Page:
Like him or loathe him, Bill Belechick flies his own path. His late fourth quarter decision to go for a first down rather than punt on 4th and 2 from his own 28 has sent media columnists into a Monday morning tizzy of epic proportions. CBS Sportsline’s Pete Prisco writes about the “unusually dumb decision.” SI.com’s Peter King seethed
All in all, I hated the call. It smacked of I’m-smarter-than-they-are hubris. Let Manning, with the weight of the world on his shoulders and no timeouts under his belt, drive 72 yards in two minutes, with his mistake-prone (on this night) young receivers and the clock working against him. Sure he could do it. But let him earn it. This felt too cheap. It was too cheap. Belichick’s too smart to have something so Grady-Littlish on his career resume, but there it is, and it can never be erased.
Of the major media outlets I looked over, only Yahoo’s Shutdown Corner link even flirted (and too quickly rejected) any real analysis that goes beyond the conventional — you don’t go for it from your own 28 — kind of “analysis.”
In contrast, Advanced NFL Stats breaks down the key elements, showing that the decision makes sense quantitatively:
With 2:00 left and the Colts with only one timeout, a successful conversion wins the game for all practical purposes. A 4th and 2 conversion would be successful 60% of the time. Historically, in a situation with 2:00 left and needing a TD to either win or tie, teams get the TD 53% of the time from that field position. The total WP [win probability] for the 4th down conversion attempt would therefore be:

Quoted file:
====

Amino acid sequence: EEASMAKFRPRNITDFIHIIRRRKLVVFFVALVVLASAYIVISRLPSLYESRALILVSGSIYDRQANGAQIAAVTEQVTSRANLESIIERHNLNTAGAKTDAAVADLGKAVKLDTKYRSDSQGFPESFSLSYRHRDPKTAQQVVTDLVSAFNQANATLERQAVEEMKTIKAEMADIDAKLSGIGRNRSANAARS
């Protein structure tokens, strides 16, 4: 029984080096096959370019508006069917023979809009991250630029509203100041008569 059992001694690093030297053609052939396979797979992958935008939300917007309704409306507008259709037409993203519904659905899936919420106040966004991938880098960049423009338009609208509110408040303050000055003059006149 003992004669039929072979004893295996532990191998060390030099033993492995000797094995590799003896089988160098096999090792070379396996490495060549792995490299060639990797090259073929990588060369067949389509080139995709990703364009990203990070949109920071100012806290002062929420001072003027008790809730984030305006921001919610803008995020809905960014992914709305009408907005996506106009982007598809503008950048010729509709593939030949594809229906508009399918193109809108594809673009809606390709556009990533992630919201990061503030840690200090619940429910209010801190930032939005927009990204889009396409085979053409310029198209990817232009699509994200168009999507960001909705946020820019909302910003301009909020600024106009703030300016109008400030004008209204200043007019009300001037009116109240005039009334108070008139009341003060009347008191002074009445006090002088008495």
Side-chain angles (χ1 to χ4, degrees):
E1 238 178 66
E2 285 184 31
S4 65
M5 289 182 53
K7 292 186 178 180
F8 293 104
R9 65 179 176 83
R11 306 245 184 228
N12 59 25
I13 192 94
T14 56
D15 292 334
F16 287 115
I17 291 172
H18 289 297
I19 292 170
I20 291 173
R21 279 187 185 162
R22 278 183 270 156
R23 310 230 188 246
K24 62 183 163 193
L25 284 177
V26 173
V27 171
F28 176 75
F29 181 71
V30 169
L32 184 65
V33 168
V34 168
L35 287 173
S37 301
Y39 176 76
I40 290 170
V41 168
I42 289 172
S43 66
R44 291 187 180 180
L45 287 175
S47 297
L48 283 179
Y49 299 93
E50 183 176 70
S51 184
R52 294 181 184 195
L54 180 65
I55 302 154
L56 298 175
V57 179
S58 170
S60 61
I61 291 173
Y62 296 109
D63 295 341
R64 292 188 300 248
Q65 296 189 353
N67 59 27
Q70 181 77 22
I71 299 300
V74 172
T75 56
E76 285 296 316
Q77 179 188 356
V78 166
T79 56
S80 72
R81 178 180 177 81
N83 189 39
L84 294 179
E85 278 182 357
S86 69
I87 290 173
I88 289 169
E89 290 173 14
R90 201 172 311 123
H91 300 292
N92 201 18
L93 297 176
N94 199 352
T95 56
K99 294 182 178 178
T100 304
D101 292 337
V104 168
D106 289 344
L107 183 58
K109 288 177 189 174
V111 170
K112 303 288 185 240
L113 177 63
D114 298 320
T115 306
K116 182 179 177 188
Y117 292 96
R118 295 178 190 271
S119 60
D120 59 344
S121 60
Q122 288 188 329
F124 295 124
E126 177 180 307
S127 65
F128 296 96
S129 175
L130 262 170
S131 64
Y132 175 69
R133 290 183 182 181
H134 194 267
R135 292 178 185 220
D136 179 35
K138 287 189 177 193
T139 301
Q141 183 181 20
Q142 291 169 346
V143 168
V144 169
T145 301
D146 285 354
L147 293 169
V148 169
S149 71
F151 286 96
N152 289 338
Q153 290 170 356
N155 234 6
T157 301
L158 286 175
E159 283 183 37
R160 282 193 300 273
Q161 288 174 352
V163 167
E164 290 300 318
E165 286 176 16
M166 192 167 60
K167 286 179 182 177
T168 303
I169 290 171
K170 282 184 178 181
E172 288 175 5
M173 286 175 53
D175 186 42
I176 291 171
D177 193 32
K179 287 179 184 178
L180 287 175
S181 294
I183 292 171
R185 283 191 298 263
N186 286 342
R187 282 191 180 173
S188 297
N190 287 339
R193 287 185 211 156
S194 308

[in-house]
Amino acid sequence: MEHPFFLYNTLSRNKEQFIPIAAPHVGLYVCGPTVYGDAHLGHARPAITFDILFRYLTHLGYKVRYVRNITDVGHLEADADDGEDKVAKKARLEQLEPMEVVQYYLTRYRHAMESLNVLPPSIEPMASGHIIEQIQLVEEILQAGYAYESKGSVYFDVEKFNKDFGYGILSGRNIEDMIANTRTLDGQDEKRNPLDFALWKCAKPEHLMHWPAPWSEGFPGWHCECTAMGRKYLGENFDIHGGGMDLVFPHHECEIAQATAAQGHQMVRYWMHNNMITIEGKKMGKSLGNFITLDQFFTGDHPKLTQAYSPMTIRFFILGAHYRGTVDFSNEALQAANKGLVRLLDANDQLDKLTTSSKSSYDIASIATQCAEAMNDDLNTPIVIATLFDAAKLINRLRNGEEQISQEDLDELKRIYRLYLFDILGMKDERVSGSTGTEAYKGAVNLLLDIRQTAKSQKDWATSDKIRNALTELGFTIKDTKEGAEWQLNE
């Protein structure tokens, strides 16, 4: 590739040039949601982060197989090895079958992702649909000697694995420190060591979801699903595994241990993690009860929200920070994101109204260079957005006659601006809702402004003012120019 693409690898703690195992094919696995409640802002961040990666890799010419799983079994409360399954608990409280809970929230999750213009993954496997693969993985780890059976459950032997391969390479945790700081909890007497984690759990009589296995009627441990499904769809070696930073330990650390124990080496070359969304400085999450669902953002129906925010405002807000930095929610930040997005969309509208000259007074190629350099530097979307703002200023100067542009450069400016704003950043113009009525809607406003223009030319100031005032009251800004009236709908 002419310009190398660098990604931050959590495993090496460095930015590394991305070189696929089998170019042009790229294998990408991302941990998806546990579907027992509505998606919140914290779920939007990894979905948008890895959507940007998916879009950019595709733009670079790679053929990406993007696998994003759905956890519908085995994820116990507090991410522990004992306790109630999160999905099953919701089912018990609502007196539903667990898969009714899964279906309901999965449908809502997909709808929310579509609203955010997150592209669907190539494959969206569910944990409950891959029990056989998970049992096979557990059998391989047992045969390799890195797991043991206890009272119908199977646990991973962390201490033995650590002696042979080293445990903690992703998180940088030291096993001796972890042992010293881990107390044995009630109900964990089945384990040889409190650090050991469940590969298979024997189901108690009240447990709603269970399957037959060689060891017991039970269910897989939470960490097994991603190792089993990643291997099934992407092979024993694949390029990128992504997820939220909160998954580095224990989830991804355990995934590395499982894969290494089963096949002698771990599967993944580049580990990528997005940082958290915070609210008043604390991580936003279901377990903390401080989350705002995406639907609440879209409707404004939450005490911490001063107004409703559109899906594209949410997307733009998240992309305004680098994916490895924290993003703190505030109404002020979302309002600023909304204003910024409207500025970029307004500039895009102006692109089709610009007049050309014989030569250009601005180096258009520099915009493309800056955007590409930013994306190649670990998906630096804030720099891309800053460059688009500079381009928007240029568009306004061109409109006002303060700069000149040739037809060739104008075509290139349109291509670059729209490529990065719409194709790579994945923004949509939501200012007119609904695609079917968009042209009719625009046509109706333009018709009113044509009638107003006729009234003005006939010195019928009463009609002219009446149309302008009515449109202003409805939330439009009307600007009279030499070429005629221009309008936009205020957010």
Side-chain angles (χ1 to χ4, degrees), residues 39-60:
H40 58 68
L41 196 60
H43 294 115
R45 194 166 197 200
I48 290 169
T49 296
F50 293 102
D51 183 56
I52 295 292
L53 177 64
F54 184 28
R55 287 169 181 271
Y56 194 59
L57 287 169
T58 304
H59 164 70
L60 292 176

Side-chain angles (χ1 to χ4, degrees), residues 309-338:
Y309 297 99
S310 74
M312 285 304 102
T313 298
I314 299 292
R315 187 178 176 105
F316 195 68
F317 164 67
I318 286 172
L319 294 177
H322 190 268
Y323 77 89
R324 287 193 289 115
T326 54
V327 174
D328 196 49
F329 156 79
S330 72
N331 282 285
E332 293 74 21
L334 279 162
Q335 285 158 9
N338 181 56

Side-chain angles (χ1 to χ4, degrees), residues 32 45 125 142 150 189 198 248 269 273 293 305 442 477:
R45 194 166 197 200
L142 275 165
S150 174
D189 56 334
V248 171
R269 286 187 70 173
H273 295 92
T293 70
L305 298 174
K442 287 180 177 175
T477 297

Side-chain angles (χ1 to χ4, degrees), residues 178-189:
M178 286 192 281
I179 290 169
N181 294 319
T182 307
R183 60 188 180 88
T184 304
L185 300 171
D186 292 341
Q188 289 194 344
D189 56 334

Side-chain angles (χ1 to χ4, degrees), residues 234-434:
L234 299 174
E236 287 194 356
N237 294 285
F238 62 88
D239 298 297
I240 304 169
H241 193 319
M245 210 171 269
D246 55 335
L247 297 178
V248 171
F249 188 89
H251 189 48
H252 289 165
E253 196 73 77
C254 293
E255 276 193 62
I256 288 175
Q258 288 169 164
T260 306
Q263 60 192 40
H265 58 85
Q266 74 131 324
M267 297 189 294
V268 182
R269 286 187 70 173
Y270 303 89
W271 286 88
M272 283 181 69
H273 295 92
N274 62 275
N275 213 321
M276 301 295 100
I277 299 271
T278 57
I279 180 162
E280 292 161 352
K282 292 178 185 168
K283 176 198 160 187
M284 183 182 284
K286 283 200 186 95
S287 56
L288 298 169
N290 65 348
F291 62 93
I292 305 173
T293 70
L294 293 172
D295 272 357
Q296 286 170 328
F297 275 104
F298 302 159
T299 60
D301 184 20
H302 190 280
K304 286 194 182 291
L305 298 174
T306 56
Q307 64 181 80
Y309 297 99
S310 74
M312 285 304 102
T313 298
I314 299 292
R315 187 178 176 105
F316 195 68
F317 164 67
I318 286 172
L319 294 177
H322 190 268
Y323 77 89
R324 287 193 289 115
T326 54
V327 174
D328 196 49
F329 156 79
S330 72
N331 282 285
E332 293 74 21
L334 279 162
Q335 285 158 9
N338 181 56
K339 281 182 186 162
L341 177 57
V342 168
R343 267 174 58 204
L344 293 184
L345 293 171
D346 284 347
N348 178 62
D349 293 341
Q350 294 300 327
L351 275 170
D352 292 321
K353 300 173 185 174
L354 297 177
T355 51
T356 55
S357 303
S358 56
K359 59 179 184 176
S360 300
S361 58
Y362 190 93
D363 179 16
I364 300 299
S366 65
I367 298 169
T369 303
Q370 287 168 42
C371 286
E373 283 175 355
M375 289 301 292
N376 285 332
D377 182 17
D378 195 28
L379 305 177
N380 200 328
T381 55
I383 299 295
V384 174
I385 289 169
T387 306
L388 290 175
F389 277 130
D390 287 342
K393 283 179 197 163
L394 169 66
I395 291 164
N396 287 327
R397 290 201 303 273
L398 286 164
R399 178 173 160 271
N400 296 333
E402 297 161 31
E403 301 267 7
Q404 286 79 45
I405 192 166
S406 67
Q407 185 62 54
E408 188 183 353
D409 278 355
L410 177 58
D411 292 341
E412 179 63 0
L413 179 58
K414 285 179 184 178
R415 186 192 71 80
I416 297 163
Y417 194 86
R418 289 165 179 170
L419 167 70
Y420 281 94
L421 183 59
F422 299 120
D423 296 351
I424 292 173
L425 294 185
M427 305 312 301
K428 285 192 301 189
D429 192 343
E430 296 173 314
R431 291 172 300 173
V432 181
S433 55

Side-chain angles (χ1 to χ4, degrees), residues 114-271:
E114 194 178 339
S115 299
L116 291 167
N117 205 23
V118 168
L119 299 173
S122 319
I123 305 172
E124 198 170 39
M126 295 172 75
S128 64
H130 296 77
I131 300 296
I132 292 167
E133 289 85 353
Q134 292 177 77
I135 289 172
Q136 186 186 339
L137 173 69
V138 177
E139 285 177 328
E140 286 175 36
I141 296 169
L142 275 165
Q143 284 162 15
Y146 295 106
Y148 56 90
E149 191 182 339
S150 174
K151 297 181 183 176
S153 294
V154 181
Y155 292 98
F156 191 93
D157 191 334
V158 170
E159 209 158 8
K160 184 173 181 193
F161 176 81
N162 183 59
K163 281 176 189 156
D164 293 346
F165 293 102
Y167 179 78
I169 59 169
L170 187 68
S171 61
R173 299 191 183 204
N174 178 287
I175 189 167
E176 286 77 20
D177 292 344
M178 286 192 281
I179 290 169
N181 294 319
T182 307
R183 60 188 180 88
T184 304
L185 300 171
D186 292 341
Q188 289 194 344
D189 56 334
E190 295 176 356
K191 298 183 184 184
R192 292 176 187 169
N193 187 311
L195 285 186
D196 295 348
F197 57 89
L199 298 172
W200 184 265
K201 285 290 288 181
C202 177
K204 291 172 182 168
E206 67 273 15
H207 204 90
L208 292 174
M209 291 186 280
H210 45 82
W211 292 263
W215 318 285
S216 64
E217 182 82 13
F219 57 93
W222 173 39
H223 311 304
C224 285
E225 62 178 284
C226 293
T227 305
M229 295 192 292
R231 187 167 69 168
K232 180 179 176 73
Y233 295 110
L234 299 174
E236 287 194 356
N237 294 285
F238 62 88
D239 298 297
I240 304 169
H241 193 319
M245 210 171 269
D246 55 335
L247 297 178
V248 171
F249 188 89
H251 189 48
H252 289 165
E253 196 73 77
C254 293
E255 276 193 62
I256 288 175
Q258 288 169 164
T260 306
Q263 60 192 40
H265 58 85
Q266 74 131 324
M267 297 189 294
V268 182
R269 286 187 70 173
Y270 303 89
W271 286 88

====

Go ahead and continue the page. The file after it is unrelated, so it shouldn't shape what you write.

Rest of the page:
(0.60 * 1) + (0.40 * (1-0.53)) = 0.79 WP
A punt from the 28 typically nets 38 yards, starting the Colts at their own 34. Teams historically get the TD 30% of the time in that situation. So the punt gives the Pats about a 0.70 WP.
One can quibble with the exact numbers, but the framework for the analysis (rather than the media’s reliance on mere convention) is correct. What the ANS framework highlights that the media misses is that their is a risk to punting just as there is a risk to going for it. Pushing a risk farther down the line doesn’t make it disappear or make it less. As ANS notes, the numbers probably work out more in favor of going for it when customized for this particular game.
I went back and looked at the 4th quater stats: the Colts had already gained 175 yards in the quarter with two drives longer than what would have likely been needed here in clock times of 2:04 and 1:49 (without employing any special clock-stopping strategies). Prisco and former Patriot Teddy Bruschi thought it “insulting” to the defense — well, exactly what about it’s 4th quater performance would have inspired confidence. Just as important, the Patriots had already gained about 470 yards of offense in the game, nearly 7 yards per play.
Rather than “stupid,” “dumb,” or “insulting,” this is is the kind of decision making that has made Belechick better than most NFL coaches. Risk aversion, media response (even if coaches deny it), or lack of analytical skill drives many coaches toward applications of “conventions” even when those conventions don’t make sense. Belechick is willing to go with the analytics and live with it. After all, it’s not how it turned out after the fact that makes it a good or bad decision, it’s the likelihood going in.